Sunday, October 07, 2007

Gingerbread Gone Bad

In the mid-1970’s the neighbors needed a replacement for their pale yellow Ford Fairlane and purchased a two door base model Ford Fairmont. Back then base was the ultimate stripper with minimal wheel covers, vinyl seat covers, no A/C. The only options on this car were an automatic transmission and an AM radio. The Fairmont could be dressed up fitting into a wide variety of buyers needs with a different grill, fake wood on the wagon and even the almost sporty/sexy looking Futura. But it was still the same underneath, a good but not outstanding car. The late model Kia sedans might be the best modern equivalent which are all but invisible on the road.

Then in 1981 Ford married the Fairmont and the legendary Thunderbird nameplate. But the basic Fairmont would not do and the budget would not allow expensive new sheet metal so the solution was to hang decorations on the car. Sometimes referred to as “gingerbread,” the automotive version of the prosthetics used by actors and as the picture below shows the effect was an ugly ungainly near monster or the “What were they thinking?” A car only a bean-counter could love. Lack the commitment of sufficient work and resources Ford just dressed it and hoped it would sell.

ESPN is doing the same with the coverage of college football. At the core is a good product with many times great and genuine reality TV (rather than the pasted together stuff). The drama of a competitive game is as gripping and as any entertainment on the planet. Bristol, however, lacks confidence in the basic product so they add features to the game to keep you from changing the channel. Notice that these features are often scheduled in the second half and at times take priority over the actual game. Depending on the situation various visitors are in the booth, on the phone or on the sidelines. These are the television version of having a padded vinyl roof as they add nothing of real value to the product.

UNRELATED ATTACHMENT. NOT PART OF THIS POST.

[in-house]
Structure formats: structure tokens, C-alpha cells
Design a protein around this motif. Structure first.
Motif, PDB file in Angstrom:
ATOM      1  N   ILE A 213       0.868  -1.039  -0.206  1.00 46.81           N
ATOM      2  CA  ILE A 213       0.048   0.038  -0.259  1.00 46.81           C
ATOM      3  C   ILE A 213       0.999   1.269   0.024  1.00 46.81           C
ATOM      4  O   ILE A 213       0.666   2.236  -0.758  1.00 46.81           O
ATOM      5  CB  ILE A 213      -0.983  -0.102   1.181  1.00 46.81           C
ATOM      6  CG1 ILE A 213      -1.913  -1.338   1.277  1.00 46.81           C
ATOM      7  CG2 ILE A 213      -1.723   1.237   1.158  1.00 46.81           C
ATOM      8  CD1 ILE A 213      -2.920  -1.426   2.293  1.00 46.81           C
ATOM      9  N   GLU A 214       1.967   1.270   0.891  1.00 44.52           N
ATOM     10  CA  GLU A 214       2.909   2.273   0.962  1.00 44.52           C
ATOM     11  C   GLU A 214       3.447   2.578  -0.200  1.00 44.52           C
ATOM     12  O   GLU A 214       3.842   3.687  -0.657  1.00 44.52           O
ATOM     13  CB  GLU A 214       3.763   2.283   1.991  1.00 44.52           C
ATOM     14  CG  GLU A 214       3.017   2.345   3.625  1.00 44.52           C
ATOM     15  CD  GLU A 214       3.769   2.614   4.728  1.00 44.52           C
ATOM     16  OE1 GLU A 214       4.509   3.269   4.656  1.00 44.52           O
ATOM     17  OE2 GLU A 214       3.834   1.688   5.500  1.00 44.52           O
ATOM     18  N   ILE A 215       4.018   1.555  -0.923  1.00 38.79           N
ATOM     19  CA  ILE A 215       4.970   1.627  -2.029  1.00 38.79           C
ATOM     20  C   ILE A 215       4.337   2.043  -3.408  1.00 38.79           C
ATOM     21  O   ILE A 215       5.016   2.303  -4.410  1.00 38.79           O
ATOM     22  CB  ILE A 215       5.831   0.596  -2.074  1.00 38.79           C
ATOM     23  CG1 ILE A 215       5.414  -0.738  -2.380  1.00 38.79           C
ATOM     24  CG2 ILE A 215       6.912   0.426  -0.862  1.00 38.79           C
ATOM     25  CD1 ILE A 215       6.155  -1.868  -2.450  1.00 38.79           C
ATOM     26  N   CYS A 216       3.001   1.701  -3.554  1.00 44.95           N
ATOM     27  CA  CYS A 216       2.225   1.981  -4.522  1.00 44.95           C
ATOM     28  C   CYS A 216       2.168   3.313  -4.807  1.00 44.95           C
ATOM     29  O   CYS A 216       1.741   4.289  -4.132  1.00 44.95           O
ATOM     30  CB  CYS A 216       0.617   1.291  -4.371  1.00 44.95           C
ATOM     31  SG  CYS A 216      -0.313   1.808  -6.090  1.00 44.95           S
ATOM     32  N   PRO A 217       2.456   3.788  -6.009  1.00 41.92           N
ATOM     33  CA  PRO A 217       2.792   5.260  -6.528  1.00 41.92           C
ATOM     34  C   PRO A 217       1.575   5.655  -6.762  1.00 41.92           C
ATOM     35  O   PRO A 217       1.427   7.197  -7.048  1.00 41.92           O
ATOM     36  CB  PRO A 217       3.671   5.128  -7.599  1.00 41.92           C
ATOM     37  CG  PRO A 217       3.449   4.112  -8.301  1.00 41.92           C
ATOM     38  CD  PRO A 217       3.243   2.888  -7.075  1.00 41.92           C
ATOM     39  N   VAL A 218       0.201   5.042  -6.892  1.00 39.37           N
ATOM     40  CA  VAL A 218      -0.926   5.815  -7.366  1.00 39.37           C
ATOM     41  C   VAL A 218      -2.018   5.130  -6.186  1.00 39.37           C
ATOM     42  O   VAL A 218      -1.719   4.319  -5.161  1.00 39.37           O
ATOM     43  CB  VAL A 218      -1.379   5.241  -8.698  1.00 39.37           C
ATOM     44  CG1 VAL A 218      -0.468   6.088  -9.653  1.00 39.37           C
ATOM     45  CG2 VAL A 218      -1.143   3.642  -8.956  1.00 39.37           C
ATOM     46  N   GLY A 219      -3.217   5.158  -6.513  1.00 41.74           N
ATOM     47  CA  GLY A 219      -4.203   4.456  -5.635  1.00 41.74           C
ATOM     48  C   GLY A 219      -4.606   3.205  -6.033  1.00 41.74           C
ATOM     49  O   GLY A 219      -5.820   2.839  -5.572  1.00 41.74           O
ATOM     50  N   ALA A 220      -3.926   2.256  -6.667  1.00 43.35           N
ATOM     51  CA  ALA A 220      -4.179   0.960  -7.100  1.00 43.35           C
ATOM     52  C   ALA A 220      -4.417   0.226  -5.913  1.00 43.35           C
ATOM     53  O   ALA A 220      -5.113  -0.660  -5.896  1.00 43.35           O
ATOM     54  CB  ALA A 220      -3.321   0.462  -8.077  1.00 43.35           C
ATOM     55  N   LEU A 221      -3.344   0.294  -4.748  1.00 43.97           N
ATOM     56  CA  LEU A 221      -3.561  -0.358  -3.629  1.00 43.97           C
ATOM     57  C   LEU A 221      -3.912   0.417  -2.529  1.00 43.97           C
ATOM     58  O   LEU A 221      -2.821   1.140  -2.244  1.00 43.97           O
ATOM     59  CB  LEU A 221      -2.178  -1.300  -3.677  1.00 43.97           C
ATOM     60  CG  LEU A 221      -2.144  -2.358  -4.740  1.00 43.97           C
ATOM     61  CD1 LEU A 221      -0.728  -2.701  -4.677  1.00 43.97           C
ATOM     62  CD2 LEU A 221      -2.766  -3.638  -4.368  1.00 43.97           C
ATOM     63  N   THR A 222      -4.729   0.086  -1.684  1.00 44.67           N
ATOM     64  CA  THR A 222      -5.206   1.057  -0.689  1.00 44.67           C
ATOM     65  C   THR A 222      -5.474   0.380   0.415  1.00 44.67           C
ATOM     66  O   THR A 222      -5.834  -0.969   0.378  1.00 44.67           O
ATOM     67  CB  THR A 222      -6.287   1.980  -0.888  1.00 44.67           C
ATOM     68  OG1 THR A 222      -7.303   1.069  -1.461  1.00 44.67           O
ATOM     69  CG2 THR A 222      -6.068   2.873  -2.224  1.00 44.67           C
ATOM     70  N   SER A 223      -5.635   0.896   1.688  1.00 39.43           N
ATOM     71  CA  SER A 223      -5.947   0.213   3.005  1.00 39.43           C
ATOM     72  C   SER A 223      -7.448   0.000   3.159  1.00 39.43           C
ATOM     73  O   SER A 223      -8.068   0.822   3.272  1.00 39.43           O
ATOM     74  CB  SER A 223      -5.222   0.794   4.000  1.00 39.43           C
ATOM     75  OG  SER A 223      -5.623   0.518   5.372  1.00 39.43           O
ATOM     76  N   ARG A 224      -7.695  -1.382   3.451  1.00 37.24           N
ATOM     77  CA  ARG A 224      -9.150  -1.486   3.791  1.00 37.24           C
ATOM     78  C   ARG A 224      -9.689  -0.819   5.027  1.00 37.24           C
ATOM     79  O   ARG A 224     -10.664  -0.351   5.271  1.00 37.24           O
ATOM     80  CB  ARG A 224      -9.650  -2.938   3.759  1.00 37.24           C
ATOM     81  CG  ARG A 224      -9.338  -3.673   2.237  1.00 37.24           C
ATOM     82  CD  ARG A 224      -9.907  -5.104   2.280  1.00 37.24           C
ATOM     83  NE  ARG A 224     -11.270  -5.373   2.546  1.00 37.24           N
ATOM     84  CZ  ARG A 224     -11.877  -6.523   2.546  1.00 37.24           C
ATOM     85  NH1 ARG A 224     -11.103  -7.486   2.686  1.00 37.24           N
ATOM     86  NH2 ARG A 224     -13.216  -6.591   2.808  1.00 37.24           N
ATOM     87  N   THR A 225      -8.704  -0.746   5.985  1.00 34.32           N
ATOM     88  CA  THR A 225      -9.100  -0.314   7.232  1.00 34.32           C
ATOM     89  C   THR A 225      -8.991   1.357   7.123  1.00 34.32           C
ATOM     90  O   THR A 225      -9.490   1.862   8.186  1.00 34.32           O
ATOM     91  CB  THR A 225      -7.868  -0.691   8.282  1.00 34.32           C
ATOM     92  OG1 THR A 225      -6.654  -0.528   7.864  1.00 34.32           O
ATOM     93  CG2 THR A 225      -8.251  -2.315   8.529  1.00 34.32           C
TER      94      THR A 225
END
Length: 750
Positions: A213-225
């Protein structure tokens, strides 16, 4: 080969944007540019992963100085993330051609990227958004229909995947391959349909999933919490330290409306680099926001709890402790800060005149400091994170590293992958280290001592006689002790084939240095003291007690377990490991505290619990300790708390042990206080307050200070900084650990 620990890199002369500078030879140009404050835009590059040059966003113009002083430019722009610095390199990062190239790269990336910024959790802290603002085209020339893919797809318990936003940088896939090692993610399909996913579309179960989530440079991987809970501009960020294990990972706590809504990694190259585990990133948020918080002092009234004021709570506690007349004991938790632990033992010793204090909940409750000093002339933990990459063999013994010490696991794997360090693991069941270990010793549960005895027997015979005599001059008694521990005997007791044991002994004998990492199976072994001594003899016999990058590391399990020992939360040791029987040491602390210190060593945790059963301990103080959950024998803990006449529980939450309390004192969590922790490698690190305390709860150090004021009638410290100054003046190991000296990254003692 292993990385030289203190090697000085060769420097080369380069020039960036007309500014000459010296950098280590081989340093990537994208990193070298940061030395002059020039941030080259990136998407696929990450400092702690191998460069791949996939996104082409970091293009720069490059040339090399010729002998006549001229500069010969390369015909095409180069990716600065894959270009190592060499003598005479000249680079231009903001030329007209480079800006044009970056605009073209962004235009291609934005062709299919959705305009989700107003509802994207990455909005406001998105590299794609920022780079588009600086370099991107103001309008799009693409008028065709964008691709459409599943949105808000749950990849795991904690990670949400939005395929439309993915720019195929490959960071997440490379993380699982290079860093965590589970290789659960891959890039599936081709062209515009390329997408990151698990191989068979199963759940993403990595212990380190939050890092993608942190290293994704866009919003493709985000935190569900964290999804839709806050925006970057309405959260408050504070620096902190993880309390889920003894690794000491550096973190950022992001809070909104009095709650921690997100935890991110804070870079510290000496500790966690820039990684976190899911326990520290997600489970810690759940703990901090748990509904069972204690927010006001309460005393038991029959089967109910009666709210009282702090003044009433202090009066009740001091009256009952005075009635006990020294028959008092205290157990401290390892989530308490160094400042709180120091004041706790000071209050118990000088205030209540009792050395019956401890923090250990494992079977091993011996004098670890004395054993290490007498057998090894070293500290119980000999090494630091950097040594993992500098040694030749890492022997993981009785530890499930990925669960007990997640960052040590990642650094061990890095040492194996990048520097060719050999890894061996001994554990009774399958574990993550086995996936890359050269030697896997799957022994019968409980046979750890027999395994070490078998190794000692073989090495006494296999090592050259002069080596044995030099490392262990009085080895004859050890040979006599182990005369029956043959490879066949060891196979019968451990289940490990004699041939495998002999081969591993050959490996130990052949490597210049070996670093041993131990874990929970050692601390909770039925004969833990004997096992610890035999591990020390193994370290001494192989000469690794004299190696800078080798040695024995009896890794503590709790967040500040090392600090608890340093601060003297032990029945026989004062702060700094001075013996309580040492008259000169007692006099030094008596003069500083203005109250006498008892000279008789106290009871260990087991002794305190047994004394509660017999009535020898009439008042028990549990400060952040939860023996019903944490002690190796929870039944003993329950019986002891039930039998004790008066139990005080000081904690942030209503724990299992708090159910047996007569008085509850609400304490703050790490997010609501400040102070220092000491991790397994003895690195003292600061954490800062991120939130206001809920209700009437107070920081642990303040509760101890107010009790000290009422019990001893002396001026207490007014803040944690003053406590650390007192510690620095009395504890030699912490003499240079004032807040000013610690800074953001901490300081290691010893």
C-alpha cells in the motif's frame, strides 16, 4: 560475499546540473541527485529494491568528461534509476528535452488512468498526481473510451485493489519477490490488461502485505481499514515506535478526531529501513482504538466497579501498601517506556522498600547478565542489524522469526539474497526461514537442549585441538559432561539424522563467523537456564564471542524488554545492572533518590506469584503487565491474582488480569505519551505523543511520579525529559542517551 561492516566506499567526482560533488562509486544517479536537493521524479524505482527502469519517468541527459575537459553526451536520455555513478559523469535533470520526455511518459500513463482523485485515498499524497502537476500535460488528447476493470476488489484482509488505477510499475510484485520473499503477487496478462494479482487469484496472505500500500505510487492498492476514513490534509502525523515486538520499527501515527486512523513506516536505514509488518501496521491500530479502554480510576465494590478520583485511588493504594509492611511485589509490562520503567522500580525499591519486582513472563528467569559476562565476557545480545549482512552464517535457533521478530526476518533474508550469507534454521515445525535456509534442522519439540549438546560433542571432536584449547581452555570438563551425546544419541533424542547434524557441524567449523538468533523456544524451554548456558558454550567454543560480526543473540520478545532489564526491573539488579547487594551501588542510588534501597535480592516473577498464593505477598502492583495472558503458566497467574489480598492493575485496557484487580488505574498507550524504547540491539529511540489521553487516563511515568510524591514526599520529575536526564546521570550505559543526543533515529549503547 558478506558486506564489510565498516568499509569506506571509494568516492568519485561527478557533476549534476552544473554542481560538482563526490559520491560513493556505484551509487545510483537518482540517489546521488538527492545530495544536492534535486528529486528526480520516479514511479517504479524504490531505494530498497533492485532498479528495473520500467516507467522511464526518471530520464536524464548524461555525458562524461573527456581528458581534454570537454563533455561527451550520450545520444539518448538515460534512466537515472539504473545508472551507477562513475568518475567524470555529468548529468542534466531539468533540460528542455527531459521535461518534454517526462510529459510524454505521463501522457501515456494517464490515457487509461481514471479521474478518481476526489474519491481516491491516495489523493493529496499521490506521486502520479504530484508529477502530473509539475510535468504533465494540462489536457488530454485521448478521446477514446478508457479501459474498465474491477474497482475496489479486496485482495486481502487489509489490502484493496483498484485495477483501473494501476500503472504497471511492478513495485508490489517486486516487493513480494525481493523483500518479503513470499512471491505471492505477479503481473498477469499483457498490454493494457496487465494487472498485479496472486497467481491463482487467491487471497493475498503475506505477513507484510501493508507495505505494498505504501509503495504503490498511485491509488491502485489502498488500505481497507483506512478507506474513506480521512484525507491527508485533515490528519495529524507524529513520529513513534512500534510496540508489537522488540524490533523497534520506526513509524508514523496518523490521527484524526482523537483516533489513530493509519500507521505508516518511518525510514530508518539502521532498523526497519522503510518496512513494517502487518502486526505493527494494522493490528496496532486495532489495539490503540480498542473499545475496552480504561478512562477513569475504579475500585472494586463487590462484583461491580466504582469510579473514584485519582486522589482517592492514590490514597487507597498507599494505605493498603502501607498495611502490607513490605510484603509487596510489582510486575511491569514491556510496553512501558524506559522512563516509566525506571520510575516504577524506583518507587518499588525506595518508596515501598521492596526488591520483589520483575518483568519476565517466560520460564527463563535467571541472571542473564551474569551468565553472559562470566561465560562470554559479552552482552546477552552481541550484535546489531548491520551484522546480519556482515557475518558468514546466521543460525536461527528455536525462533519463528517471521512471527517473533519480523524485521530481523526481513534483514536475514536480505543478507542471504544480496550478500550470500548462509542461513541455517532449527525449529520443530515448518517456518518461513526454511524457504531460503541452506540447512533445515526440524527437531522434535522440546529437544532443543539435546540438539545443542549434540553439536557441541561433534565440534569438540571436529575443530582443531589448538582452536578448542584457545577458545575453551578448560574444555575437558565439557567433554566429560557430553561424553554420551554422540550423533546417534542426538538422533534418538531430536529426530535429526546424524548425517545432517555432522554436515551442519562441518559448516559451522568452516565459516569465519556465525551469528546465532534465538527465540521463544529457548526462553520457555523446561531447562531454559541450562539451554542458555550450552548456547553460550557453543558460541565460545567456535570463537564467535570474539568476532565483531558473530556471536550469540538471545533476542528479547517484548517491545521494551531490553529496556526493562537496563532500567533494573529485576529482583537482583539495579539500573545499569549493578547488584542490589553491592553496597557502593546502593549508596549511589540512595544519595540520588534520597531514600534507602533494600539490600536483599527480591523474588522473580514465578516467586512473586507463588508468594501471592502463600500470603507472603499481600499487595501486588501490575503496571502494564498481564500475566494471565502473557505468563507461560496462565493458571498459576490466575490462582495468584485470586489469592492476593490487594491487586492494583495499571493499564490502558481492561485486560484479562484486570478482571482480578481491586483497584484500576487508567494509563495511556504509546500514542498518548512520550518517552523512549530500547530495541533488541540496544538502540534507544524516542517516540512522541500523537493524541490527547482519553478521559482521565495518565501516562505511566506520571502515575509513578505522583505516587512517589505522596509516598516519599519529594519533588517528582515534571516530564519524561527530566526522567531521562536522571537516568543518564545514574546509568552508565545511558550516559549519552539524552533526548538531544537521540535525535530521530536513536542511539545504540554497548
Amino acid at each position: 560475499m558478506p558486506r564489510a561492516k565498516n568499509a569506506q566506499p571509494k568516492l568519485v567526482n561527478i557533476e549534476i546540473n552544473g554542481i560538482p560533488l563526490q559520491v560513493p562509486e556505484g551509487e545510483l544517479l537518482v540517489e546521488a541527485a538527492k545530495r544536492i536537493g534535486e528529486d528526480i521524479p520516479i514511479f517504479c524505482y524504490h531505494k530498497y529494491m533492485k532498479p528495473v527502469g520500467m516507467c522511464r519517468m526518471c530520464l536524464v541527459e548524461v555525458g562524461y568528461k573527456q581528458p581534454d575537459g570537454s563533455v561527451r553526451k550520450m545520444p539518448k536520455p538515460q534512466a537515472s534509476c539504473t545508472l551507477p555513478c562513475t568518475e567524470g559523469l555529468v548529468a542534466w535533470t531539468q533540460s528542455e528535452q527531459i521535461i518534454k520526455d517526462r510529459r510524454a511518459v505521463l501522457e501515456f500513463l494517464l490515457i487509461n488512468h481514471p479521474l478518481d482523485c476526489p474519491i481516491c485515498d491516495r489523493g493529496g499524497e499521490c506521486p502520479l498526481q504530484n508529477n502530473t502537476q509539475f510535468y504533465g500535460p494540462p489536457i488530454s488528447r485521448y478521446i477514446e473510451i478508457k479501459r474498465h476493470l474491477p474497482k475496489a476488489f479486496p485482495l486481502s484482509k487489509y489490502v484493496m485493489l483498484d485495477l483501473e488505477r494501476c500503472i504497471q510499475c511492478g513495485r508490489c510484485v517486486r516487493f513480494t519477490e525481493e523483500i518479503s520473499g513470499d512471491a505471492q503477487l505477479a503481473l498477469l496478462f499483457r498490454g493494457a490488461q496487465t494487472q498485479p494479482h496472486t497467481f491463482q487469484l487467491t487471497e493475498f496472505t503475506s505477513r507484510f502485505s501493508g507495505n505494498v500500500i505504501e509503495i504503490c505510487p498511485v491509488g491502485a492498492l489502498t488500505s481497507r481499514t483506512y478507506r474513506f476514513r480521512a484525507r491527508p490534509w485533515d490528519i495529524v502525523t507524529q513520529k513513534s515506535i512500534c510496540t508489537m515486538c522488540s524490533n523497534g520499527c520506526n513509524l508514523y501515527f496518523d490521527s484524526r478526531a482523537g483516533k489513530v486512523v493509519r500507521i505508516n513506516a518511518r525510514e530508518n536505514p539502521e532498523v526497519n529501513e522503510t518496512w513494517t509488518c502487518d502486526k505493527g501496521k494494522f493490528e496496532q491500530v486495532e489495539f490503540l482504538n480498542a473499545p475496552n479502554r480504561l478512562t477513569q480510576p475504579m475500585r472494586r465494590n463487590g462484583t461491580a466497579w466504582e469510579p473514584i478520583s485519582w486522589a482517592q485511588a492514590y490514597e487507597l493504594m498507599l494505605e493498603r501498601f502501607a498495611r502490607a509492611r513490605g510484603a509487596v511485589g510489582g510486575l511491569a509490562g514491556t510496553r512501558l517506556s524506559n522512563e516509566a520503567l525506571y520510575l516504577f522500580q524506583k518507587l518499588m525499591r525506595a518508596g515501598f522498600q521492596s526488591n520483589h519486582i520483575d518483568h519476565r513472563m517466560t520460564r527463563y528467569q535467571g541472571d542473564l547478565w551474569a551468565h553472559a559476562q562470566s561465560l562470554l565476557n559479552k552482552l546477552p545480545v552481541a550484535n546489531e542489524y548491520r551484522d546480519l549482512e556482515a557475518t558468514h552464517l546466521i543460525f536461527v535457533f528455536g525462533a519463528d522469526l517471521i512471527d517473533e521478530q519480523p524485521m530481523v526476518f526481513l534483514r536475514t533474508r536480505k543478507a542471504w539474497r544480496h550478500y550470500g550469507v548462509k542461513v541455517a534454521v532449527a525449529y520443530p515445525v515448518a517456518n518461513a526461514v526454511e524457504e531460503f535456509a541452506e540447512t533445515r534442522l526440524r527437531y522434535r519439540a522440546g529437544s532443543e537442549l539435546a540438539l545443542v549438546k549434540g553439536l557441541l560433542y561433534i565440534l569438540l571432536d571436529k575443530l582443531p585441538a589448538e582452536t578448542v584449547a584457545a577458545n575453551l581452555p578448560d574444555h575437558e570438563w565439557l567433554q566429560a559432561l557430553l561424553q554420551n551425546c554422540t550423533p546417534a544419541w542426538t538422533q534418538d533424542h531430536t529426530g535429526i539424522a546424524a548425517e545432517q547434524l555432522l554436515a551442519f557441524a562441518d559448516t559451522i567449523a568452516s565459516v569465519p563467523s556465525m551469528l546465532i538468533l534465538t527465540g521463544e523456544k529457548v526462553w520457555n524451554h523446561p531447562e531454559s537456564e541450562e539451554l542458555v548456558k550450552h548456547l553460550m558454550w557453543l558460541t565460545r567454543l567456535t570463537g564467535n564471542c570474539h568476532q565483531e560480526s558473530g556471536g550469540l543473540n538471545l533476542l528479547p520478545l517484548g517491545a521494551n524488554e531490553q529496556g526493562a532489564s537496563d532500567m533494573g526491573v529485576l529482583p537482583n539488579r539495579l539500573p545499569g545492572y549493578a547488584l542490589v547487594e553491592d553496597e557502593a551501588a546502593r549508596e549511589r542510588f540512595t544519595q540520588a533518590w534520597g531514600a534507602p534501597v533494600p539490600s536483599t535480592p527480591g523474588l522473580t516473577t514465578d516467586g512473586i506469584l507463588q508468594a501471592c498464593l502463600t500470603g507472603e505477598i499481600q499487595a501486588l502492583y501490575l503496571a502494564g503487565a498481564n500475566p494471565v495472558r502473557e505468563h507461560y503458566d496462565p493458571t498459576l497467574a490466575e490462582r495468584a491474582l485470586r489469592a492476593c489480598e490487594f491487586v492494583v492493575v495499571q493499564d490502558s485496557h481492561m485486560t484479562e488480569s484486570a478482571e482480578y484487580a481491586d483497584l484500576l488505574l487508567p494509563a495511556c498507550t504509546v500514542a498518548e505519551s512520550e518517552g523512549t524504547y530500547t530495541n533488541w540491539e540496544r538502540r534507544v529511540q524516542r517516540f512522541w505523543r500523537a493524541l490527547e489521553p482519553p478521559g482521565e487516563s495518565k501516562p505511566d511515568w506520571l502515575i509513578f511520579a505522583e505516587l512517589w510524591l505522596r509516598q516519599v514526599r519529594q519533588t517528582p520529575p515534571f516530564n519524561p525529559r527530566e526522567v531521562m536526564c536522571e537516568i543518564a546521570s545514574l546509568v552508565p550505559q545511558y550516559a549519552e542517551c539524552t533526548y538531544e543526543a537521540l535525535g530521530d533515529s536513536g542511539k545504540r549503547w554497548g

Although the source eludes me, it once reported that the average viewer of a college football game tunes in for 20 or 30 minutes. This means that ESPN is looking for ways to increase the “grazing” viewer tune in time if only by 5 or 10 minutes by having a three ring circus with the scores at the bottom of the screen, Erin interviewing Ray Lewis, and the game. Add to this the booth talent weaving in, sometimes clumsily, stories about the players. Notive that they will repeat these stories during the game and recycle them for the next game as they assume you are watching with passion for one of the teams or are changing the channel soon and not really paying attention.

Funny thing about the addition of the “gingerbread” to the Thunderbird, not only did it looking silly coming off the production line it looked sad several years later as the over dressed look went out of fashion and pathetic when the plastic add-ons fall off.

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